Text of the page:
The Sanders campaign did not say whether it was responding to the petition.

There were rumors earlier this week that Sanders would not be attending, but his campaign did not officially confirm until Friday.

Donald Trump and Hillary Clinton are headlining the conference. Fellow GOP presidential candidates Ted Cruz and John Kasich will also be speaking.

Clinton and Cruz have both expressed die-hard support for Israel. Hillary wrote an open letter in November promising to reaffirm the U.S.'s "unbreakable bond with Israel — and Benjamin Netanyahu," the country's hard-line right-wing prime minister, whom President Obama has criticized for expanding illegal settlements on occupied Palestinian land.

Sanders' views on Israel-Palestine are a bit murky. When called out by peace activists during Israel's summer 2014 war in Gaza — in which the Israeli military killed approximately 2,200 Palestinians, the majority of whom were civilians, including hundreds of children, according to the U.N. — the Vermont senator shouted down the activists.

At the same time, however, he has criticized Netanyahu, and, unlike other candidates, has promised to pursue a "level playing field" on the issue.

Israel has illegally occupied Palestinian territories in the West Bank since 1967, and effectively occupies Gaza, on which it has imposed a blockade for almost a decade, controlling everything that enters the densely populated strip. The U.N. has explicitly maintained since November 1967 that the occupation is illegal, and U.N. experts have for years said that the siege on Gaza violates international law.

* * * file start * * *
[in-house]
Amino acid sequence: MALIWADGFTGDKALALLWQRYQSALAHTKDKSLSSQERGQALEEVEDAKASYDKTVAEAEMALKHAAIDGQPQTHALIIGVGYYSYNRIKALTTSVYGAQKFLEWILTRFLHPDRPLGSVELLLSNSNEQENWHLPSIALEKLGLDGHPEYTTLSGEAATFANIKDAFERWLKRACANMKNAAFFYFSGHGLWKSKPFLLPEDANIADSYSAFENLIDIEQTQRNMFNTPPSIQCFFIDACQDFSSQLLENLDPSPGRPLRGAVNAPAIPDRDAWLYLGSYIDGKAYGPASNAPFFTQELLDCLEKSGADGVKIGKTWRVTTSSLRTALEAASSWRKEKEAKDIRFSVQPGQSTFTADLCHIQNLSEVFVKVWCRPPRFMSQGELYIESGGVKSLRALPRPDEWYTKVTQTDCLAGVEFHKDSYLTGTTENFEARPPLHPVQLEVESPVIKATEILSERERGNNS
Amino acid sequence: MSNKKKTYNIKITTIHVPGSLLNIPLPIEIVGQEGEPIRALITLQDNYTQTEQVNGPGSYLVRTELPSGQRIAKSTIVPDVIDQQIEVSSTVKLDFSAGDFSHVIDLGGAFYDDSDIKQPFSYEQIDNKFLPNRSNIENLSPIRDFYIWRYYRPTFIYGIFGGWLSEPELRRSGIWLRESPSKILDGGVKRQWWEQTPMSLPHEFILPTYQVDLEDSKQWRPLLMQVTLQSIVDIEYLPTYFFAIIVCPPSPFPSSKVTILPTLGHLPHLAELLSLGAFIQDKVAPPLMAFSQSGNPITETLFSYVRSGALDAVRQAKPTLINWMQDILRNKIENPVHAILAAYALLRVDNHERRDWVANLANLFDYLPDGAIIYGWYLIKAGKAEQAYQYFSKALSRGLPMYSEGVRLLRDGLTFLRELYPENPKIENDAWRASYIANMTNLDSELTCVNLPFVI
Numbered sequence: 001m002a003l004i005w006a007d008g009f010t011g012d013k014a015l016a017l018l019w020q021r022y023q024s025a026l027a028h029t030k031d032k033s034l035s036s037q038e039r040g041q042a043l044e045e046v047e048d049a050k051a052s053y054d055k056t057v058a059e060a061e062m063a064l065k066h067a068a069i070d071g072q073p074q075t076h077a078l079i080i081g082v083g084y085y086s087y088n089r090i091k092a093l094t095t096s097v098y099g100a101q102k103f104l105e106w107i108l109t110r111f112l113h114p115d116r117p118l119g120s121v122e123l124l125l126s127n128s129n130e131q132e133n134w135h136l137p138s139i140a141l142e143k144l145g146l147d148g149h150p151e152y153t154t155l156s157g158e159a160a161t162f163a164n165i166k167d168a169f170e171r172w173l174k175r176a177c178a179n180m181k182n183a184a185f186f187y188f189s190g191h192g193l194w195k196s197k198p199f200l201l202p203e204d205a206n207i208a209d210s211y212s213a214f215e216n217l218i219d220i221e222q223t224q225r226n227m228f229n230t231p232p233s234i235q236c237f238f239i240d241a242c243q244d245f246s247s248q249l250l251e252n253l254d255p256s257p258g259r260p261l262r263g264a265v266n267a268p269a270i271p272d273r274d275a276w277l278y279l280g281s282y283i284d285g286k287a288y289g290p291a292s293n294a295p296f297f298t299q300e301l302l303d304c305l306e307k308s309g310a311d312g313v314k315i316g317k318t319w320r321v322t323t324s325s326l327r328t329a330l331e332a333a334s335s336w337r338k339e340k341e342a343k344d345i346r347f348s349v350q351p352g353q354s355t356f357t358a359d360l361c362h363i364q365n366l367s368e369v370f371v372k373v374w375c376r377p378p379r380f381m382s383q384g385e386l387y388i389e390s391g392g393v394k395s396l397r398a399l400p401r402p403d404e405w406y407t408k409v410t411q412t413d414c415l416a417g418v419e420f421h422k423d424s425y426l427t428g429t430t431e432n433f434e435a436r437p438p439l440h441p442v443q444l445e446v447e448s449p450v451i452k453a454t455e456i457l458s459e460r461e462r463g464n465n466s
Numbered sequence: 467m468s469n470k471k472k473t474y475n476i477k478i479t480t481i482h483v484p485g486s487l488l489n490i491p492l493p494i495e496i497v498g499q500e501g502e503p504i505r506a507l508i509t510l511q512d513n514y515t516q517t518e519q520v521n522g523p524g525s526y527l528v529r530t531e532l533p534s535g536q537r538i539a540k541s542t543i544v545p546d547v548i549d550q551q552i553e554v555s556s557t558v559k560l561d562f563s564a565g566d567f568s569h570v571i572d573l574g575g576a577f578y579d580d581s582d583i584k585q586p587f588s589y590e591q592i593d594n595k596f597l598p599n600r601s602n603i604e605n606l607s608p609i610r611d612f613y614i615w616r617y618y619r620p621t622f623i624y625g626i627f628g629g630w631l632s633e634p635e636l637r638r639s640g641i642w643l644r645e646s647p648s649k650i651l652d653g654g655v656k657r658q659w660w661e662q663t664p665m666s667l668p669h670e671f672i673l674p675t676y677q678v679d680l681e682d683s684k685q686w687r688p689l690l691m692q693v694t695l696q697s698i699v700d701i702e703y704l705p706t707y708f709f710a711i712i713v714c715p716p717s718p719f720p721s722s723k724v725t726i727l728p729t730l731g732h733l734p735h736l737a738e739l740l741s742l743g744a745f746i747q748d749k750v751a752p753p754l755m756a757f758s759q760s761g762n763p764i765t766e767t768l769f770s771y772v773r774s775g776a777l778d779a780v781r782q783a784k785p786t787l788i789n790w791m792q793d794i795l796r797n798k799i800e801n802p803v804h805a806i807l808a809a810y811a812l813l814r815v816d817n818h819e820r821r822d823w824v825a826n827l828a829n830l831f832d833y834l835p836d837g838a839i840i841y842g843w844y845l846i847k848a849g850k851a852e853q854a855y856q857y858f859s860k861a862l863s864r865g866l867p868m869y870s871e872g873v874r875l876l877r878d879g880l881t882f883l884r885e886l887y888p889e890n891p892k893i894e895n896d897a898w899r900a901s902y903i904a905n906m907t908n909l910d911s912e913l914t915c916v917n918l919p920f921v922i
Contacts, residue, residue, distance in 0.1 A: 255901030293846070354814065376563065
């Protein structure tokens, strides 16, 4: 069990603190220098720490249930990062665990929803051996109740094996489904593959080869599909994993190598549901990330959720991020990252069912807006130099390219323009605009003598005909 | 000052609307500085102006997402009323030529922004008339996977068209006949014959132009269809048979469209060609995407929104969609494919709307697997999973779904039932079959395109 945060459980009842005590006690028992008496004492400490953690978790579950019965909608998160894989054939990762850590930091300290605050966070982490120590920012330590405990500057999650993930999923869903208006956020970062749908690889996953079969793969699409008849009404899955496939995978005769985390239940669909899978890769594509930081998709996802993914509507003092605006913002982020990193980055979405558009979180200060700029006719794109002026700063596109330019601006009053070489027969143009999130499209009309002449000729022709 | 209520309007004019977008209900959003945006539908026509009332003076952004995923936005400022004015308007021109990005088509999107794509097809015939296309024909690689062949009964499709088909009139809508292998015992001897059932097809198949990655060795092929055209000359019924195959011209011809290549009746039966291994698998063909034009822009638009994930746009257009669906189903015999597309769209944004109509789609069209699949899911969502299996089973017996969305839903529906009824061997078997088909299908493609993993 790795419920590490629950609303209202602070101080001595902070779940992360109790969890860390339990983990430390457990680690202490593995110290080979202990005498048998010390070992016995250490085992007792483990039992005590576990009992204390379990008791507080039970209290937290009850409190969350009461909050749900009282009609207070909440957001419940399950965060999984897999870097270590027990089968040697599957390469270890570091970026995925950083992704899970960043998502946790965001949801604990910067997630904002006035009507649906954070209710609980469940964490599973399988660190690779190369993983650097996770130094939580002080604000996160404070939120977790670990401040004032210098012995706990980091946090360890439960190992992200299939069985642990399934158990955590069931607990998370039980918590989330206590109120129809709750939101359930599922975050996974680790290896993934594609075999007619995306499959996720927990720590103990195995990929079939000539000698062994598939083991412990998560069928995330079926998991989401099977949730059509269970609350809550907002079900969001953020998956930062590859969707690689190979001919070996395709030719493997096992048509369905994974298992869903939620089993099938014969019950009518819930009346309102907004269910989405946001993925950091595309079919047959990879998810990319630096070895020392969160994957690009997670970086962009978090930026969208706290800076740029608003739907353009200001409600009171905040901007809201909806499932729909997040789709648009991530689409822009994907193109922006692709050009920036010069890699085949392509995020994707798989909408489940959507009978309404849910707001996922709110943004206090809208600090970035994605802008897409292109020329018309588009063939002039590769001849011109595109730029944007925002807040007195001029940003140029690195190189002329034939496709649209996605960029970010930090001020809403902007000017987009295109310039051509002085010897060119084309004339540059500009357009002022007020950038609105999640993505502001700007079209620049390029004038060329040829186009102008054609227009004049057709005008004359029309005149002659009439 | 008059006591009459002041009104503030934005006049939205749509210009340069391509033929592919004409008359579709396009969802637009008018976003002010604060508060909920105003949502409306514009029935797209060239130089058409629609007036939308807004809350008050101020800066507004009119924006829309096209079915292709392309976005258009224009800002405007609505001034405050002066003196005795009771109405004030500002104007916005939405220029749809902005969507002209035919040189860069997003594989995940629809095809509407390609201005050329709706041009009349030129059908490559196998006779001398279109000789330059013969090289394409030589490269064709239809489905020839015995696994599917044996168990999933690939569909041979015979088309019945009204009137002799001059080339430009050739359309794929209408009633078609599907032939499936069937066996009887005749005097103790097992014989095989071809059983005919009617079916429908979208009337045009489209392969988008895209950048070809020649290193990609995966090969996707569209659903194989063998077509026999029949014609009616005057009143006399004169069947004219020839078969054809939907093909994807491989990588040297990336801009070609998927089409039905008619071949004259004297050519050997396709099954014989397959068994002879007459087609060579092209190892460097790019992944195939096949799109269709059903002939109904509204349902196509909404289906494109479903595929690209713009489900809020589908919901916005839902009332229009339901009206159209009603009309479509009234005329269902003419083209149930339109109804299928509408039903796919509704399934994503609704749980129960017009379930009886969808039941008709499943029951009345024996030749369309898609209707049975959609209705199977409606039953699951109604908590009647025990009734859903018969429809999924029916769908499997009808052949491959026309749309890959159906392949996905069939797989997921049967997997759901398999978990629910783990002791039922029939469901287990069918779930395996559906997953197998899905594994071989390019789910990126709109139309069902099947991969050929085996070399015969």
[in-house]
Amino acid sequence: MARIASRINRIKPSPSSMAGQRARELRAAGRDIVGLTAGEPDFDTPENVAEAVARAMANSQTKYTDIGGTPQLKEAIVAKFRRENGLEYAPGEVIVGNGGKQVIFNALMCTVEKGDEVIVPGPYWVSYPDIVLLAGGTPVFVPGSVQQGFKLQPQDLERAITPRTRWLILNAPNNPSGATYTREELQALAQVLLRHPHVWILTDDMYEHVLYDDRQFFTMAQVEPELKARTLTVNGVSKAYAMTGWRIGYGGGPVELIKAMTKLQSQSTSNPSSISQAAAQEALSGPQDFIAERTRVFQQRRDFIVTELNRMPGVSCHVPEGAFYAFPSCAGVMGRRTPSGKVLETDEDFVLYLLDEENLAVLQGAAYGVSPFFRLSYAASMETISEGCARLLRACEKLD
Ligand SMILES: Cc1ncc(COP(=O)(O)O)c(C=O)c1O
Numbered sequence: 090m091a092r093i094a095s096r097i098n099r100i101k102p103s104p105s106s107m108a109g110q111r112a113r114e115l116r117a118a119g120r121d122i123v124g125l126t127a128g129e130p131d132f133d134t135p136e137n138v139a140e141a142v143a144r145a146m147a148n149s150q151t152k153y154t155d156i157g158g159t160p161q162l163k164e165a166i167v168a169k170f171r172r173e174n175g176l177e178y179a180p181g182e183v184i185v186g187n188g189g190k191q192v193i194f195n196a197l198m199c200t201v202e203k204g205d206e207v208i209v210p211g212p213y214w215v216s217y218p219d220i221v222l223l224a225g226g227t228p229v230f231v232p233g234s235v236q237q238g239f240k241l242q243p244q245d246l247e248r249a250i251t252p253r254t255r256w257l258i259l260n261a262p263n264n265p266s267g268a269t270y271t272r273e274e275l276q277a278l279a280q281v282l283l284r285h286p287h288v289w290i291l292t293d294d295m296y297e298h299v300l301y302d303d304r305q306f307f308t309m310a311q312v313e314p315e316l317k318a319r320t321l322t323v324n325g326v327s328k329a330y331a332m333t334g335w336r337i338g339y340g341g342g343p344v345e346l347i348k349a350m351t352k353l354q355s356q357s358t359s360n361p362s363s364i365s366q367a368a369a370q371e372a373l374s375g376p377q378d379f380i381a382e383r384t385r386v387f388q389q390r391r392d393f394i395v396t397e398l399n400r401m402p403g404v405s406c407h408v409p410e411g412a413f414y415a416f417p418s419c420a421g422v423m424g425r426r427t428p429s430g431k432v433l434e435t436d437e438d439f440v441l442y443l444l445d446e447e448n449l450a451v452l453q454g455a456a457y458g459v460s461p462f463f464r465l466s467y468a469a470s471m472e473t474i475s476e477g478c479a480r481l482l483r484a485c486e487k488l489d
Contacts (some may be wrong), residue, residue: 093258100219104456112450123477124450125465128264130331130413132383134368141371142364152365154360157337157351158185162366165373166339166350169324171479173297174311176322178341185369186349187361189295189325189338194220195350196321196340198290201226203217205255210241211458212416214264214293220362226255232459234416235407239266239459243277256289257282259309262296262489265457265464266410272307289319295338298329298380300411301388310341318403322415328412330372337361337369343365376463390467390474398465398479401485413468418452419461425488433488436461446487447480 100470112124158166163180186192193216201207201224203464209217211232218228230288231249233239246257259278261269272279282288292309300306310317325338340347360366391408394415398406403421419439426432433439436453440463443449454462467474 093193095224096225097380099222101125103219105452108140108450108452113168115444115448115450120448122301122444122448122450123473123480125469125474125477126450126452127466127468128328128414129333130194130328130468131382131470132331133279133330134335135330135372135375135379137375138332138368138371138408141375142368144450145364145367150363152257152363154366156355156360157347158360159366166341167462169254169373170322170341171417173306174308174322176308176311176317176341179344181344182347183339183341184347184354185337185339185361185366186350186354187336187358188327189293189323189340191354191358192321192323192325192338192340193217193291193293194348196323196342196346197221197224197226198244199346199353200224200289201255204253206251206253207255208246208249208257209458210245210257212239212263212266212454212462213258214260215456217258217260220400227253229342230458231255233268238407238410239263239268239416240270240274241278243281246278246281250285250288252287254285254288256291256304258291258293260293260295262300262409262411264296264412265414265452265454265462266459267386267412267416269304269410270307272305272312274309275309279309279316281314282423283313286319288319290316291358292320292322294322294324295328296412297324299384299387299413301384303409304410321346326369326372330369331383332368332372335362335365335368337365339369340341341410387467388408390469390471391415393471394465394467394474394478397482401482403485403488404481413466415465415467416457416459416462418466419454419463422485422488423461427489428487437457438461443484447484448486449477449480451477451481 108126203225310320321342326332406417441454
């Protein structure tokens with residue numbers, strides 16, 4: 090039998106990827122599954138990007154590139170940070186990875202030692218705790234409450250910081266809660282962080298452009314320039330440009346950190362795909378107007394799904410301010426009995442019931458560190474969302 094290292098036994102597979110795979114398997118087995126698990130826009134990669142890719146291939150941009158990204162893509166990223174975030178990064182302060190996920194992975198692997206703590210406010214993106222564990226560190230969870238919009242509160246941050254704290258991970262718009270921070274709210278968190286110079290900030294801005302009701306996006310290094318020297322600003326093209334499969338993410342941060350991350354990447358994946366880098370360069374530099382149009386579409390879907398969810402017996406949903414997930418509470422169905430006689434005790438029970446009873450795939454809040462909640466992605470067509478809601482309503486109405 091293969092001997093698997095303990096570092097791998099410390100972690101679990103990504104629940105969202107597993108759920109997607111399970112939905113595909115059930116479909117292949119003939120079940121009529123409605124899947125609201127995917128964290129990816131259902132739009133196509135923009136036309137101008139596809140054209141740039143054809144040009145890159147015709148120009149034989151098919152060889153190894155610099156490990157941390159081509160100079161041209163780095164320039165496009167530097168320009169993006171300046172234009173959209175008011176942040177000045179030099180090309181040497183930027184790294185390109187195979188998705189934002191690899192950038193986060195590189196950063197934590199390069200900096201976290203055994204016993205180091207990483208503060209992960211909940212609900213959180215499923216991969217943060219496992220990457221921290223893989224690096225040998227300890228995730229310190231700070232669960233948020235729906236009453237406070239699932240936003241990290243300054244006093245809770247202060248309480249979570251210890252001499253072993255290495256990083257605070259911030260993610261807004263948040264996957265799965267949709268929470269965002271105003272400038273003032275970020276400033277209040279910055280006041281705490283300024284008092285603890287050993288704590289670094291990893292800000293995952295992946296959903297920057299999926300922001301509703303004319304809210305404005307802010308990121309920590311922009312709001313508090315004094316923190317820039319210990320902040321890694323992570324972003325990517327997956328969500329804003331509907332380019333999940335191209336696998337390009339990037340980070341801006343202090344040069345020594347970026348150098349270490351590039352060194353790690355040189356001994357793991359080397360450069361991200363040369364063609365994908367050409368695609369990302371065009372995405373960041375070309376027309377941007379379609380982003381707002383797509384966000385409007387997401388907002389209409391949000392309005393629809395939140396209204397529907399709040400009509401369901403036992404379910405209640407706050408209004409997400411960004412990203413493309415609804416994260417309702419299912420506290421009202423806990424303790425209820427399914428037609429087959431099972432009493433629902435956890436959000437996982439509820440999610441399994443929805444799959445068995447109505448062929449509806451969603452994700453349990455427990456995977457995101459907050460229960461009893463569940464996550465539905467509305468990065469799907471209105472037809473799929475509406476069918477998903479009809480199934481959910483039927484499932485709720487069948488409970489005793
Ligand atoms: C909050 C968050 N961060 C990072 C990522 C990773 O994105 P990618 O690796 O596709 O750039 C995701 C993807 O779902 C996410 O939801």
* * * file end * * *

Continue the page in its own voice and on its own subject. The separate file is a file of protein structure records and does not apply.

For decades, Israel has also illegally colonized more and more Palestinian land with settlements. Today, there are more than 600,000 Israelis living in the occupied Palestinians territories, including East Jerusalem, which intentional law considers to be Palestinian land.

As Israel moves further and further to the right, and politicians get more and more extreme (former Foreign Minister Avigdor Lieberman called for beheading "disloyal" Palestinian citizens of Israel last May, leading critics to compare Israel to ISIS), American Jews are moving away from the country.

The fastest growing Jewish-American organization is Jewish Voice for Peace, which opposes the illegal Israeli occupation, and many young Jews, in particular, are distancing themselves from the Zionist movement.

Sanders is the only presidential candidate who is Jewish. Were he elected, he would be the first Jewish president.

The 2016 AIPAC Policy Conference will be held in Washington, D.C. from March 20-22. An enormous pro-Palestinian march is planned for Sunday in the capital. Several other anti-AIPAC protests have been planned by peace and social justice groups.

By Ben Norton

Ben Norton is a politics reporter and staff writer at AlterNet. You can find him on Twitter at @BenjaminNorton.

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Aipac Bernie Sanders Elections 2016 Israel Palestine